With online polling underway for MSU presidentials, eligible student-voters will also be asked to weigh in on two high-impact referenda items regarding MSU health insurance and HSR bus service.

At the presidential debate on Jan. 27 in the MUSC atrium, candidates discussed which referenda options they would endorse. In addition, Brodka and Wolwowicz were critical of the MSU’s promotion and clarification of the referenda options, echoing some concerns raised at the most recent SRA meeting.

“It’s been a little disappointing to see the sporadic release of information and questions surrounding specifically the health care referendum,” Brodka said at the Jan. 27 debate.

Wolwowicz agreed, saying, “I do think it’s a little unfortunate that the clarifications came very late from the MSU, for at least the last health care referendum option.”

Current MSU president David Campbell said the students union has promoted the referenda by displaying the options on the MSU’s website since December and uploading informational videos last Friday and this week.

“I think that this year, there haven’t been people advocating for the yes or no sides. I think since any information [the MSU] puts out has to be impartial, it means that it’s not always the most engaging material,” Campbell said. “And I think since we haven’t seen a lot of discussion, I sort of sympathize with people who feel they aren’t as informed as they’d like to be.”

Referendum #1: MSU health insurance coverage

Currently, McMaster students taking 18 units or more pay $57.50 for MSU health insurance and $115 for MSU dental insurance, taxes included. If students provide proof of comparable coverage within the opt-out period, the MSU offers a refund of either plan or both.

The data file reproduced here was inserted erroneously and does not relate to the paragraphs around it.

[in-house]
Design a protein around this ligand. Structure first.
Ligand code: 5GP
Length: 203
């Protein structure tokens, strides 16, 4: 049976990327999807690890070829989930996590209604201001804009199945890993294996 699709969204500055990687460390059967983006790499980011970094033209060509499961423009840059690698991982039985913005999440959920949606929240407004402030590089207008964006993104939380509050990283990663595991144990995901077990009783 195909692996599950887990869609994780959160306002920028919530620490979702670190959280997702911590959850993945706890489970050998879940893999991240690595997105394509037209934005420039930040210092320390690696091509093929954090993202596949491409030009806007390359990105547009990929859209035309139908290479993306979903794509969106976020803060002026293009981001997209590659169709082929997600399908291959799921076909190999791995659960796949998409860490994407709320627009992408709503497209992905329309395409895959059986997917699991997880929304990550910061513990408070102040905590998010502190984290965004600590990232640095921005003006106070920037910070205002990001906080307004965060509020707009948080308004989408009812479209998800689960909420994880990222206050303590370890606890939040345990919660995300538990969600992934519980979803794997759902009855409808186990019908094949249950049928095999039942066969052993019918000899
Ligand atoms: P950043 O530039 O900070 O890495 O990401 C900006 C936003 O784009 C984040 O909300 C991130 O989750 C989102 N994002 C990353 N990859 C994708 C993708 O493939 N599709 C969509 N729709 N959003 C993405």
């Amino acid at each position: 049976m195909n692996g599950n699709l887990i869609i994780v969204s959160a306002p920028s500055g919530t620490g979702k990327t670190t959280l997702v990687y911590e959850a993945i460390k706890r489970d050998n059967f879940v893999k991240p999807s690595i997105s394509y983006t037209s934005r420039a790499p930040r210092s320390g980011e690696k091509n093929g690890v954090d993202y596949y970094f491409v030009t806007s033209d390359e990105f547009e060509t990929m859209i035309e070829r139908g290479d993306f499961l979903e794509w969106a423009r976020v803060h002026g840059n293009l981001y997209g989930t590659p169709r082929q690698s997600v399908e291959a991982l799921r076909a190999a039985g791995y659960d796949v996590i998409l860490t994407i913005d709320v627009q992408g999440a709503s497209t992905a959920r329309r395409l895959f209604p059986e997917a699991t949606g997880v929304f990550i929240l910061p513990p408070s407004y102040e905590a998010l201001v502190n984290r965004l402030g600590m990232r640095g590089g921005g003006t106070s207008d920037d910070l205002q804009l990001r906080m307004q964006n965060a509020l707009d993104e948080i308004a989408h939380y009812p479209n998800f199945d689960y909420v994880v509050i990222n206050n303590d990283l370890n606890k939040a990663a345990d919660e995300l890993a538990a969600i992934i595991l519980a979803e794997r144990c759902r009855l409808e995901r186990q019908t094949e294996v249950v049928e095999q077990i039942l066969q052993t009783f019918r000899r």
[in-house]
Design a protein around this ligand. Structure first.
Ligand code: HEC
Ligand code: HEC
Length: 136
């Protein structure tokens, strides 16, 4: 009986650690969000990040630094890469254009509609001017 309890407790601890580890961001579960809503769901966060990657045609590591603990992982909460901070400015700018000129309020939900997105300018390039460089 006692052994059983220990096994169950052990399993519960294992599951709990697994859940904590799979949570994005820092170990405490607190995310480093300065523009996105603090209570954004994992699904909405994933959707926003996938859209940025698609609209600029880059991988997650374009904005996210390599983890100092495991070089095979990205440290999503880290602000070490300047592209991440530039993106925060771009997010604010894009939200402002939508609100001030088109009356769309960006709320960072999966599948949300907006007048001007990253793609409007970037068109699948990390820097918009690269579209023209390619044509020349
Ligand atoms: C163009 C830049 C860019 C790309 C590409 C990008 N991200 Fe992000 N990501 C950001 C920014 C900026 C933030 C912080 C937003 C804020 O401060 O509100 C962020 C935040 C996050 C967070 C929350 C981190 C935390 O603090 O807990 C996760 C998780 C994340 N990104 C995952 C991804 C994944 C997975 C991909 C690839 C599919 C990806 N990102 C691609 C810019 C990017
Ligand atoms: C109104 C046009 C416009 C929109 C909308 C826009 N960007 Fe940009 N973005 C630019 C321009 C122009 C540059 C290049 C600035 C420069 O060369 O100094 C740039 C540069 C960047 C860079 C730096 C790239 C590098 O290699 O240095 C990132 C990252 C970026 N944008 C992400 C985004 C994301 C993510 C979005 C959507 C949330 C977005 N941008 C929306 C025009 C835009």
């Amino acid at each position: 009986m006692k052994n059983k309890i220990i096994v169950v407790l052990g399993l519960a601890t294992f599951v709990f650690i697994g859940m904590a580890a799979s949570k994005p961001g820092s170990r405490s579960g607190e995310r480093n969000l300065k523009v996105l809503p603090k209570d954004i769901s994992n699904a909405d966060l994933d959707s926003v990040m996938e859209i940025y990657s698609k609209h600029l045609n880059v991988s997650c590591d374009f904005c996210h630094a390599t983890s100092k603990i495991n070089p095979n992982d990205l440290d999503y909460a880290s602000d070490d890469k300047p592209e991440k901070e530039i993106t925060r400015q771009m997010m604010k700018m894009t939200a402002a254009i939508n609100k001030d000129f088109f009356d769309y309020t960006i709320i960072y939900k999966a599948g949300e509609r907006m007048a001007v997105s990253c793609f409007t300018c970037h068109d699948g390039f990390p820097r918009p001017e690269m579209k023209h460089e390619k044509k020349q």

Last March, the Student Representative Assembly (SRA) passed a motion requiring a student referendum to be called on add-ons to MSU health coverage. Options for expanded coverage extend to vision, oral contraceptives and paramedical care. Nine other students unions in Ontario offer health plans that cost more than $100, according to a report by last year’s SRA social science, who presented the motion.

SRA representatives had a charged debate last year on whether the proposed add-ons would be “tangential” to the emergency care covered in the current health plan. Currently, the plan covers some accidental expenses and some pharmaceutical costs, not covering oral contraceptives. The MSU’s health insurance plan, found in full here, also covers half the cost of one eye exam to a maximum of $50.00.

The health insurance referendum on the ballot will consist of three yes-or-no questions, listed below:

Referendum #2: HSR bus pass 

Members of the MSU currently pay $126 for an 8-month HSR bus pass. As the MSU-HSR agreement expires this February, the students union negotiated with the City of Hamilton over several months to secure options for expanded 51-line service and a 12-month bus pass. Read our coverage of the negotiations here and here.

Unlike the health insurance referendum, the bus pass referendum will consist of five options, not yes-or-no questions. Students will be asked to rank the following options from least (1) to most (5) preferred. Only the bolded text appears on the ballot.

The responses to the HSR bus referendum will be tallied based on preferential voting, the same system used to rank presidential candidates.

Online voting for MSU president and the referenda opened at 9 a.m. on Tuesday, Jan. 28 and will end at 5 p.m. on Thursday, Jan. 30. Students registered in at least 18 units are eligible to vote and should receive a code to vote at https://mcmaster.simplyvoting.com.


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